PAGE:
Wednesday, April 23, 2008

Jeder Liebt Spaetzle!


I once had spaetzle in a German restaurant called Metzger's in Ann Arbor, on a high school German class field trip. I remember being singularly impressed with the subtle flavor and intriguing texture of this "somewhere between a noodle and a dumpling" concoction. In fact, it was the highlight of the meal. The sauerbraten, not so much... I find it interesting that spaetzle hasn't made more of an impression on the American culinary landscape than it has. As a side, it's a worthy competitor to both rice and potatoes, and it embodies the starchy goodness of pasta, with a less toothsome texture and a pleasingly eggy character. As a comfort food it's unparalleled and it stands up well to the microwave the next day. And yet I rarely, if ever, see it on menus or at potlucks.

Long story short, the stuff has been rattling around in my skull now for years, and I finally decided to do something about it a couple weeks back. A quick online search turned up a recipe from a restaurant in Mammoth Lakes, CA called Skadi. A few adjustments later, I've got something I'm pretty happy with. You'd be well advised to give it a try, so follow along if you will:

2 C all-purpose flour
1 C whole milk
3 large eggs, plus one yolk
1 tsp salt
1/4 tsp freshly grated nutmeg

Beat the eggs, salt and nutmeg in a large bowl, beat in the milk and finally, stir in the flour to form a thick, cakelike batter:


Bring a large pot of heavily salted water to a boil, and use a spatula to push the batter, a small amount at time, through a slotted spoon into the water:


The batter will initially sink, but will rise to the top within a minute or so. Let it continue to cook for another minute before removing it to a bowl. Repeat this process until you've made it through all of the batter, and you'll be rewarded with a nice bowl of fresh, homemade spaetzle, as seen in the photo up top. At this point, I browned some unsalted butter in a large saute pan, threw the spaetzle into it with some herbs, and continued to cook it all for a couple minutes. This worked out well, although you could just brown the butter, toss in the herbs at the last minute, and then pour it over the spaetzle. Either way, some stone ground mustard makes for a nice addition, especially a variety with whole mustard seeds. This makes an excellent side to a nicely grilled pork chop. You could also toss it with a little vinegar of your choosing and perhaps some horseradish, or sprinkle it with olive oil and freshly grated parmesan, or press it into a cake and pan fry it for breakfast with some bacon... The possibilities are pretty much infinite.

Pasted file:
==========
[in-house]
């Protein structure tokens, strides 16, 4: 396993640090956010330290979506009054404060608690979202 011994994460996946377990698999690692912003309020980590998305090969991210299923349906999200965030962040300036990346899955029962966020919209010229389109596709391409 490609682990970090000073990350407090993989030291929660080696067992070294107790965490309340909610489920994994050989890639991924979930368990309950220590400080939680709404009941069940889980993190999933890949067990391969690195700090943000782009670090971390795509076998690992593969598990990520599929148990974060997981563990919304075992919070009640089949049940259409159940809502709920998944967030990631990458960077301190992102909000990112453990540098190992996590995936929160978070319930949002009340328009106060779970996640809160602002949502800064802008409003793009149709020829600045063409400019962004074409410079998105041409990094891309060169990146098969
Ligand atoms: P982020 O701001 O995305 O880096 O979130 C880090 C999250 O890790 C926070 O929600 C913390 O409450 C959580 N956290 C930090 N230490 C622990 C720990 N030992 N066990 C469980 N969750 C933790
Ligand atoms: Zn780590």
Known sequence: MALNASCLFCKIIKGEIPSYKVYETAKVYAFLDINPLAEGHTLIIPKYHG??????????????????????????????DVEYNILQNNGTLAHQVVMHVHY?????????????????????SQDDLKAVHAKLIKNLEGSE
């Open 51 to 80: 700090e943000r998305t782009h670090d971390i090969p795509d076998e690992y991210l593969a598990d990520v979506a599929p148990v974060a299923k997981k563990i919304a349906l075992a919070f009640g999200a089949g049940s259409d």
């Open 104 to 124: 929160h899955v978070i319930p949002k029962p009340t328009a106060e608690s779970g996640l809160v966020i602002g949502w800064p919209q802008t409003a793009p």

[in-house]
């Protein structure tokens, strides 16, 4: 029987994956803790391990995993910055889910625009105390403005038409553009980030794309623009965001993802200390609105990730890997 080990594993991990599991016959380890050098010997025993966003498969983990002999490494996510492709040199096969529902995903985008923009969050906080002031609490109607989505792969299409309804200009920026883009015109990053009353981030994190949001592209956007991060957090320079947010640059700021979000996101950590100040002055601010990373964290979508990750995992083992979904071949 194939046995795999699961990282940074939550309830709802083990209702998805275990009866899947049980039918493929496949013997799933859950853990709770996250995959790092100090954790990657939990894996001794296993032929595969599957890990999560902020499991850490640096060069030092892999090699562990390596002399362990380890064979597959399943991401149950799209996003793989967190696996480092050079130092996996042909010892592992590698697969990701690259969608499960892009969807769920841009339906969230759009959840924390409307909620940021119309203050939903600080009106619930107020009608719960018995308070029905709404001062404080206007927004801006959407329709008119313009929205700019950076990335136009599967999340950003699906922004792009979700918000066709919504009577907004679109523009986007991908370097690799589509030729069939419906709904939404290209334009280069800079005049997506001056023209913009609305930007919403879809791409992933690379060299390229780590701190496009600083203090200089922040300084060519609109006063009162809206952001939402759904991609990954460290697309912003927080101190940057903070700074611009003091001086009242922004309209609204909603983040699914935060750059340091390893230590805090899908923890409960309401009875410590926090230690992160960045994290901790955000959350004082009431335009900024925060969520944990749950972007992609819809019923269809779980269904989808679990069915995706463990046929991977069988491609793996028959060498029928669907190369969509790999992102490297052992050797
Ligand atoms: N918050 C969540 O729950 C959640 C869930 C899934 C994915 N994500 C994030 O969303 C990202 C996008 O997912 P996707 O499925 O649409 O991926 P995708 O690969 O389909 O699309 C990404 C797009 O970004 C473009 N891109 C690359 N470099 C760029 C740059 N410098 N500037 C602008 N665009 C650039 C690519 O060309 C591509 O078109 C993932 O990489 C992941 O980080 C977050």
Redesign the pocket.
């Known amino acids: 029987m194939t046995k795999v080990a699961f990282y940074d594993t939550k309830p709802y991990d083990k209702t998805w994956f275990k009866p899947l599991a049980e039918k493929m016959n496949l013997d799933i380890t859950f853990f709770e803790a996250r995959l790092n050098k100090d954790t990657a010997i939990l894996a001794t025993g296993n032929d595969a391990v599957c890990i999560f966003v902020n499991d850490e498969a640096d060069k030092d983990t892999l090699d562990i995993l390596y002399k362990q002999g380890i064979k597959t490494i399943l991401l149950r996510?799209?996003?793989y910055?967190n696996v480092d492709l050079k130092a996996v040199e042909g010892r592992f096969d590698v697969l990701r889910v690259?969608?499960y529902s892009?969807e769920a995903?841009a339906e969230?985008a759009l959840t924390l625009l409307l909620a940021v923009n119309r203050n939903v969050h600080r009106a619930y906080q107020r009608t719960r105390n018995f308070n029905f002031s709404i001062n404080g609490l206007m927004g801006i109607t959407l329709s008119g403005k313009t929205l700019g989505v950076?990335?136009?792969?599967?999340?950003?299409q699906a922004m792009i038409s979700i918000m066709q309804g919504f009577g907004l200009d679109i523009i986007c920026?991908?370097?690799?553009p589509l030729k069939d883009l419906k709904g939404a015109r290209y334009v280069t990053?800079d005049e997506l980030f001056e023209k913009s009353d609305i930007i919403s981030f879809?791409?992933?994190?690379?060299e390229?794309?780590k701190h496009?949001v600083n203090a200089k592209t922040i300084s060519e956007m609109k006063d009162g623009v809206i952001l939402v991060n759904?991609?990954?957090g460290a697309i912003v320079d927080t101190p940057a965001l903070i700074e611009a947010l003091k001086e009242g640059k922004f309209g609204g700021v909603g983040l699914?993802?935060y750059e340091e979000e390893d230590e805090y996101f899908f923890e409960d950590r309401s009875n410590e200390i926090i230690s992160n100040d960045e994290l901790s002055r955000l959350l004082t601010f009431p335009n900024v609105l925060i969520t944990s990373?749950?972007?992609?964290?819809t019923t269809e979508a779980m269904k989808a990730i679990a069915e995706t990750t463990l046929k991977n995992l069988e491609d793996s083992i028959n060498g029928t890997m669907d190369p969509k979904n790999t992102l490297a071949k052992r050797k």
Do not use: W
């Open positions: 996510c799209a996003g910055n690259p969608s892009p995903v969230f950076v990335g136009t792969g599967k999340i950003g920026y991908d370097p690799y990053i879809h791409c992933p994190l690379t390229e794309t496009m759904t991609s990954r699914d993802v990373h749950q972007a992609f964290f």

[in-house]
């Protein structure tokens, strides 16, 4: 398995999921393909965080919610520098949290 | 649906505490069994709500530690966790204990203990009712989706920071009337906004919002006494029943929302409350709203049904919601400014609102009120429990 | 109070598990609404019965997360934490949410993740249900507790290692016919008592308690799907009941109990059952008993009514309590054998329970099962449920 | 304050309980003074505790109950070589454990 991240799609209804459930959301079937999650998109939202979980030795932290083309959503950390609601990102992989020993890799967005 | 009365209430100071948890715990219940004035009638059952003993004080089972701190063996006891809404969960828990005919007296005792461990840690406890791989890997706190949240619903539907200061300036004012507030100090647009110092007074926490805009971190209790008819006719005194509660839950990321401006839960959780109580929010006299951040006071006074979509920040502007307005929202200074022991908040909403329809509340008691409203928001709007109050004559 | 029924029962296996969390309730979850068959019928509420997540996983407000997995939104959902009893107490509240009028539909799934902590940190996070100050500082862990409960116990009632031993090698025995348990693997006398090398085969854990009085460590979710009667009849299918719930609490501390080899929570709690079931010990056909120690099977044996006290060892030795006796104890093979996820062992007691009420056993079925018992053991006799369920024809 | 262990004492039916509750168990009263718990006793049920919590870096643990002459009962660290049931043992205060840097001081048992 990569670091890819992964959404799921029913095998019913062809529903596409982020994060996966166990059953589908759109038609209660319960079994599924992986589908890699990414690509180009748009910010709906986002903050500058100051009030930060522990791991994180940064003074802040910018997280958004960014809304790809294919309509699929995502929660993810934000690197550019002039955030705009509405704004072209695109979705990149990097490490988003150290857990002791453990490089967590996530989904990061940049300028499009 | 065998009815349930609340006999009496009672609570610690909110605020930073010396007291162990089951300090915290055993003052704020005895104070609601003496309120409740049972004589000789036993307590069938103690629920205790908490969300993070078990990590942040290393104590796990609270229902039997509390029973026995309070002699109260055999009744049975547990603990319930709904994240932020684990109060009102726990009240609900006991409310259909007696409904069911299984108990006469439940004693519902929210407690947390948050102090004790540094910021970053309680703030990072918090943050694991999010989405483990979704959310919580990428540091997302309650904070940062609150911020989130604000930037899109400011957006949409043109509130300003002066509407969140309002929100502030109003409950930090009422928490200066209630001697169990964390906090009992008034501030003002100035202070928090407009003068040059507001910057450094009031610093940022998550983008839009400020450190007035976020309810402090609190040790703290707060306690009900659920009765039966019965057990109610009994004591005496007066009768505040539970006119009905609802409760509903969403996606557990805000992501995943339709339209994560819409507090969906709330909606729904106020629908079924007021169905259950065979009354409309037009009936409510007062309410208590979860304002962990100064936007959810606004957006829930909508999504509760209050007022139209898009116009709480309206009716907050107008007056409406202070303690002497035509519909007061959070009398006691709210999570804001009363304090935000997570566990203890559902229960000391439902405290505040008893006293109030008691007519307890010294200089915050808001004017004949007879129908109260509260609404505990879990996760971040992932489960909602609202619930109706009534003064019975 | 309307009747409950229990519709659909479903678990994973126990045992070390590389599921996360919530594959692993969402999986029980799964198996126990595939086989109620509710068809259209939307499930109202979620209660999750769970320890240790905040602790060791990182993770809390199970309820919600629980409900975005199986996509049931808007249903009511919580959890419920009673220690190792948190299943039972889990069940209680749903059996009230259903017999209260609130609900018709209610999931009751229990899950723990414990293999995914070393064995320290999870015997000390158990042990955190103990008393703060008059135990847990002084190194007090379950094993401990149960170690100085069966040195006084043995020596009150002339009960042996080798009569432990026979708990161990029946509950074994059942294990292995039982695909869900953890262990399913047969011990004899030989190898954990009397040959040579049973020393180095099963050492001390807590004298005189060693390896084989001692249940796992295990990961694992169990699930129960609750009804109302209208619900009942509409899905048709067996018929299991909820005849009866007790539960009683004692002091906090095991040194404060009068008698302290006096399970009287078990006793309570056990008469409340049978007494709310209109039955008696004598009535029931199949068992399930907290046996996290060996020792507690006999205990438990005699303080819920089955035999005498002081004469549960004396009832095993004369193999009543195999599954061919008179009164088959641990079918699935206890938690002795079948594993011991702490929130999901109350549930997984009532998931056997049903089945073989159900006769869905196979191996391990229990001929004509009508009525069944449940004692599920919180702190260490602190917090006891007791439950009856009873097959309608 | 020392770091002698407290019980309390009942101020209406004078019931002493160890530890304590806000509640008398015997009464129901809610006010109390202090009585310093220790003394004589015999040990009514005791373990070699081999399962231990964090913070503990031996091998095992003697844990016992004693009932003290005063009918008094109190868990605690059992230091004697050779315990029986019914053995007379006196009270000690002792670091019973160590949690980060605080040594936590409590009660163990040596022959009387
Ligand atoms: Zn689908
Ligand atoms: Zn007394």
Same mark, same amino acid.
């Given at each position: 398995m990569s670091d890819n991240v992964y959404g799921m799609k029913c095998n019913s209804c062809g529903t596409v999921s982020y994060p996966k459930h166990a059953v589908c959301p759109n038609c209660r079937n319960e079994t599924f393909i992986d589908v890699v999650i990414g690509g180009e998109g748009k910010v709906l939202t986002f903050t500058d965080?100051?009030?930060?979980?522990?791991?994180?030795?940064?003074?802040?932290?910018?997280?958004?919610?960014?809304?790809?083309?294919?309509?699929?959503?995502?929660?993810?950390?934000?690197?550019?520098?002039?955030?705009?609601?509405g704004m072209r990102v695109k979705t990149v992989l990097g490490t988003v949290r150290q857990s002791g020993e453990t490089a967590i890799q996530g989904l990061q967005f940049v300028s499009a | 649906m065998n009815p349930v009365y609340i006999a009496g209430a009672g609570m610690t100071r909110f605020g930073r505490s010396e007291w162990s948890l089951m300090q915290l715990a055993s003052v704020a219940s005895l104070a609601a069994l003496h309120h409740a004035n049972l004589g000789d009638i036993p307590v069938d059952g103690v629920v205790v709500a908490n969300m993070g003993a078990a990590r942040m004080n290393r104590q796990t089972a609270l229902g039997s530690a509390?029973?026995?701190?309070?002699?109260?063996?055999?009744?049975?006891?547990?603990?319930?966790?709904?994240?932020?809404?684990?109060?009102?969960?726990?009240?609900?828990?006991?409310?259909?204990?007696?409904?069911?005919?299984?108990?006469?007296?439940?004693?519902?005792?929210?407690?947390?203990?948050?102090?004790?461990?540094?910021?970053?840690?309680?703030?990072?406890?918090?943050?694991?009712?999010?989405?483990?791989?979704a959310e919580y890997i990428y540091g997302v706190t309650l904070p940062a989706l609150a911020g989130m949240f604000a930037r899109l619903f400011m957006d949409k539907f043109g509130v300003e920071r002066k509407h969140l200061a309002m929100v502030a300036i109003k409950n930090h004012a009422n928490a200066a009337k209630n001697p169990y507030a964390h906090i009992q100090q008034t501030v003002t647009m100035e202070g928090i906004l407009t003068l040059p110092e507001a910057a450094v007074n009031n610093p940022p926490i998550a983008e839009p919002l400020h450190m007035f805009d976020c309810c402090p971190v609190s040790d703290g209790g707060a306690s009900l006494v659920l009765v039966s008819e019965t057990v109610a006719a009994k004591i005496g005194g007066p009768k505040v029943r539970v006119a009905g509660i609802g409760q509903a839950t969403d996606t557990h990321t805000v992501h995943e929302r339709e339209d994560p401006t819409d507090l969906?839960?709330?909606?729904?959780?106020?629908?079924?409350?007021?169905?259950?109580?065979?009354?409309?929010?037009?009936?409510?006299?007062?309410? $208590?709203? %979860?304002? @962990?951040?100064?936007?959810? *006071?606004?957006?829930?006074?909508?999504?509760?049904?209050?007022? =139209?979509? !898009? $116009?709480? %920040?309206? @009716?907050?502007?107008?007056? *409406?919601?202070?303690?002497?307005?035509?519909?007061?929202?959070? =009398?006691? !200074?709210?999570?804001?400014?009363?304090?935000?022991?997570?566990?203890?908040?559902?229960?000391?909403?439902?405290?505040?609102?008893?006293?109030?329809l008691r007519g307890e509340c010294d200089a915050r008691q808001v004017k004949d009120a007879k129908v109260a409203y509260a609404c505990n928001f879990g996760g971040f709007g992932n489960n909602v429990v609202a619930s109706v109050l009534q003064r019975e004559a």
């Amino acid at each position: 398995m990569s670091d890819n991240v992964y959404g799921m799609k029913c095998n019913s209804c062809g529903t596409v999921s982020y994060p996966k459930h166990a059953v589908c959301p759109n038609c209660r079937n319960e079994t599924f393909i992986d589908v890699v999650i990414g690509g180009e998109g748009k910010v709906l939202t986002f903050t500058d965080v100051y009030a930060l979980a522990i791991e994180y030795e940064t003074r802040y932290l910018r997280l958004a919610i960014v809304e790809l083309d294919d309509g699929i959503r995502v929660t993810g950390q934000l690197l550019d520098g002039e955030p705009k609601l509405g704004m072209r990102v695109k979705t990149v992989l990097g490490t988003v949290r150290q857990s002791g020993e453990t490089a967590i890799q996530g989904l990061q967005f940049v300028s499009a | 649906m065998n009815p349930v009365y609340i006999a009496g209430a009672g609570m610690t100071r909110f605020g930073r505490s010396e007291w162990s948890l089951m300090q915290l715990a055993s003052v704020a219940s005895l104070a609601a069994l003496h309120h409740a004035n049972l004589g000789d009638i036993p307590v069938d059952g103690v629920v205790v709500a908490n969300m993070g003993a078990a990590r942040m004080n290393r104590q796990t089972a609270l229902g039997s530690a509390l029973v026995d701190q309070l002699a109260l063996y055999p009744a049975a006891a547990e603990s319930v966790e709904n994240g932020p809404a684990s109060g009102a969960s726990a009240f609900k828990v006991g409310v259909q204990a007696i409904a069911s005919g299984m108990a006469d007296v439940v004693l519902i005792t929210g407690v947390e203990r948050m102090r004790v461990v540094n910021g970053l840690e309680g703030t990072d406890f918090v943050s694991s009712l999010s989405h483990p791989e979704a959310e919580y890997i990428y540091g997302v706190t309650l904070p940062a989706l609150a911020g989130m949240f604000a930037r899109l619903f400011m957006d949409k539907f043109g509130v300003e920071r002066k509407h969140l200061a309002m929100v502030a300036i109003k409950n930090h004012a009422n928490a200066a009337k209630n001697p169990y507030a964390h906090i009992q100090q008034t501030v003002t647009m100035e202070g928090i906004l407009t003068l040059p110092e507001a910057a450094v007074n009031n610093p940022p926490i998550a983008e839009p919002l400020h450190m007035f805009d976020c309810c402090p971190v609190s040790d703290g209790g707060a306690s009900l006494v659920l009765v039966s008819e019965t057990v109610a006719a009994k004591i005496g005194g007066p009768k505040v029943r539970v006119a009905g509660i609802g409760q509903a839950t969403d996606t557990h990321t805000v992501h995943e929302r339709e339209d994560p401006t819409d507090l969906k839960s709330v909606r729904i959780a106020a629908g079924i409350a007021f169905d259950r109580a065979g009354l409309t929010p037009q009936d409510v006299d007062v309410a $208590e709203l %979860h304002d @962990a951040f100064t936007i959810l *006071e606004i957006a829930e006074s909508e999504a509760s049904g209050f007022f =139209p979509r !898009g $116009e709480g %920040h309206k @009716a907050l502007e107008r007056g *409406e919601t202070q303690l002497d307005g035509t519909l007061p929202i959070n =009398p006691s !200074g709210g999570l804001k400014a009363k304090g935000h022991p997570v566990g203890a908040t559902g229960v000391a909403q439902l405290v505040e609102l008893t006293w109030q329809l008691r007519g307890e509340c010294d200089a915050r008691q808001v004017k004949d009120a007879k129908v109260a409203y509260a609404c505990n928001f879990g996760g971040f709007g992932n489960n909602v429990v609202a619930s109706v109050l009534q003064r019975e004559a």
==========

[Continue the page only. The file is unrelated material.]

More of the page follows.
10 comments:

Anonymous said...

Sounds good! I'll have to tell Frau Becker that the field trip made a lasting impression. LGS

tommy said...

Tell her if she checks out the post, she has to leave a snarky comment. Preferably in German...

Risa Dale said...

Is that your Spaetzle or are you just happy to see me?

tommy said...

Buh-dum Ching! Risa Dale, ladies and germs, she'll be appearing at Caesar's all this week...

Julie Ann said...

I just made my Hungarian father-in-law's recipe of this last night to serve with chicken paprikas. I used the spatzle maker he gave me.

tommy said...

Spaetzle maker? You have a spaetzle maker? That is awesome.

Anonymous said...

How long before you get to Kitchen Kaboodle to get one? LGS

Kevin said...

My grandmother has a great spaetzle maker that'll get inherited one day. Until then, I use a potato ricer like this one: http://www.lehmans.com/jump.jsp?itemType=PRODUCT&itemID=1498

tommy said...

I'm gonna have to get online now and look at spaetzle makers...

Julie Ann said...

I'm not sure if you'll like the results. Your dumplings seem much longer than mine. See photo of my paprikas:

http://tinyurl.com/4h5bxb